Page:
Could Fitbits Help Women Stay Sober?

By May Wilkerson 06/14/16

A new study is examining whether exercise could serve as a healthy coping mechanism to help women stay sober. 

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Could Fitbits Help Women Stay Sober?

Could Fitbits help women cut back on drinking? The National Institutes of Health hopes so. The federal organization is spending more than $200,000 doling out Fitbits, wearable devices which track your exercise throughout the day, to women suffering from alcoholism and depression, according to Free Beacon.

The intervention is being spearheaded by researchers at Butler Hospital in Rhode Island, who say exercise may be uniquely suited to helping women combat alcoholism. “Alcohol use disorders (AUDs) are the [third] leading preventable cause of death in the U.S. and are associated with significant economic burden and health-related negative consequences,” reads the grant for the project. “While women may be less likely to develop AUDs, they experience more significant negative health consequences of alcohol use than men. Due to stigma, shame, and child care issues; Women are less likely to receive specialty addiction treatment.”

Compared to men, women may be more likely to drink as a response to emotional turmoil, say the researchers. They believe exercise could serve as a healthier coping mechanism to help them stay sober. “Relapse rates are very high in both men and women but significant gender differences emerge in the predictors of relapse,” the grant reads. “Women are more likely to relapse in unpleasant, negative emotional states and depressive symptoms and negative affect mediate the relationship between these stressors and drinking outcomes. More so than men, Women with AUDs report drinking to cope with negative emotions.”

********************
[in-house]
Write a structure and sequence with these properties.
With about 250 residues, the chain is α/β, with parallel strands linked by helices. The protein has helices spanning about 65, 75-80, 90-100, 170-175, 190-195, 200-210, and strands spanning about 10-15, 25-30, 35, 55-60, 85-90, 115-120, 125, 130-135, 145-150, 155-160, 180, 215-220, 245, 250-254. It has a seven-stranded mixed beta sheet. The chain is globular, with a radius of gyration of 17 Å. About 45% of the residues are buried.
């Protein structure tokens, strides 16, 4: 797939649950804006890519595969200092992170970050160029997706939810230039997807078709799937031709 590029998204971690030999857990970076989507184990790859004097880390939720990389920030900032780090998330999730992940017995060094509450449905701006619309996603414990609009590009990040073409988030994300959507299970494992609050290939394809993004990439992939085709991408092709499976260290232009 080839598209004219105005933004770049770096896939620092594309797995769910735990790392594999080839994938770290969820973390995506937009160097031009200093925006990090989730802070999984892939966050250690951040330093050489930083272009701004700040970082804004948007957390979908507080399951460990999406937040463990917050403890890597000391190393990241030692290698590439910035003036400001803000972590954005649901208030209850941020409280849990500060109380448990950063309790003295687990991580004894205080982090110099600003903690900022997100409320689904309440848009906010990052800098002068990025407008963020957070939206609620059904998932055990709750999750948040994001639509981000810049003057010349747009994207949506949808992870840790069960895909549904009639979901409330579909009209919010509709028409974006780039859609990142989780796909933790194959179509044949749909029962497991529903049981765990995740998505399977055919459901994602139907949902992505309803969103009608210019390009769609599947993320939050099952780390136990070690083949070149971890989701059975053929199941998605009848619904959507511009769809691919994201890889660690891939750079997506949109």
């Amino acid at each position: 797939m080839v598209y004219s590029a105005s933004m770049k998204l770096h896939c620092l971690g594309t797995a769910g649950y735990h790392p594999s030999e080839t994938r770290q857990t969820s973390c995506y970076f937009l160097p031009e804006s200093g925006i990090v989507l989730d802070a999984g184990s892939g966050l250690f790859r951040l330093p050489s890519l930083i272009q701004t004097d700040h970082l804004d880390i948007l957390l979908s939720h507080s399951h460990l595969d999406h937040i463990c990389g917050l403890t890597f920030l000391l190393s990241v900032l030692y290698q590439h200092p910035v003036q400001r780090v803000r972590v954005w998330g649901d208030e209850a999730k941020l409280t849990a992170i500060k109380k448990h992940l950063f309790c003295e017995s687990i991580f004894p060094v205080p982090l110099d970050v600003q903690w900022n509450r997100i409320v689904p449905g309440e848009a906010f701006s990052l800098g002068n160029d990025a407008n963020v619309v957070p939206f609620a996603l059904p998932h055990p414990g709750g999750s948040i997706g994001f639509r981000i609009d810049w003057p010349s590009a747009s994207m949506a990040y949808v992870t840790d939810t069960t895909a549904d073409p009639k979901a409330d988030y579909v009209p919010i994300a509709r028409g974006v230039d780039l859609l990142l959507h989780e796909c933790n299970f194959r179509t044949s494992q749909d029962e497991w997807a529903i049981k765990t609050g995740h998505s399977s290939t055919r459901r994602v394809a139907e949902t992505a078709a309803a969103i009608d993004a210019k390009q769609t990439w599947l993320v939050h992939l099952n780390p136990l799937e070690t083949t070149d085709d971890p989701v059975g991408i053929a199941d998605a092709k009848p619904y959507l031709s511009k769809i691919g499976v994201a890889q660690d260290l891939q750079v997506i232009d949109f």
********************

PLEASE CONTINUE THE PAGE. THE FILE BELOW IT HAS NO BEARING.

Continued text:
The project will recruit about 50 women, who will be given Fitbits to wear for 12 weeks, throughout which time they will also receive weekly supportive emails. Researchers hope that the Fitbits will encourage the women to turn to exercise to “cope with negative emotional states and alcohol craving during early recovery,” according to the grant. The two-year project has cost over $200,000 so far. Fitbits cost about $110 on average.

This isn’t the first study to investigate the role of exercise in helping people stay sober. A similar study that began last month is developing a smartphone app called “Fit&Sober,” aimed at encouraging alcoholics to exercise more. The app will be tested on 160 people with alcohol use disorder to see if they are able to improve their health and decrease their alcohol intake.

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May Wilkerson is a writer, comic and Managing Editor @someecards. Co-host of the podcast Crazy; In Bed w/ @alyssalimp. She is also the top Google result for "insufferable lunatic." Follow this insufferable lunatic on Twitter.

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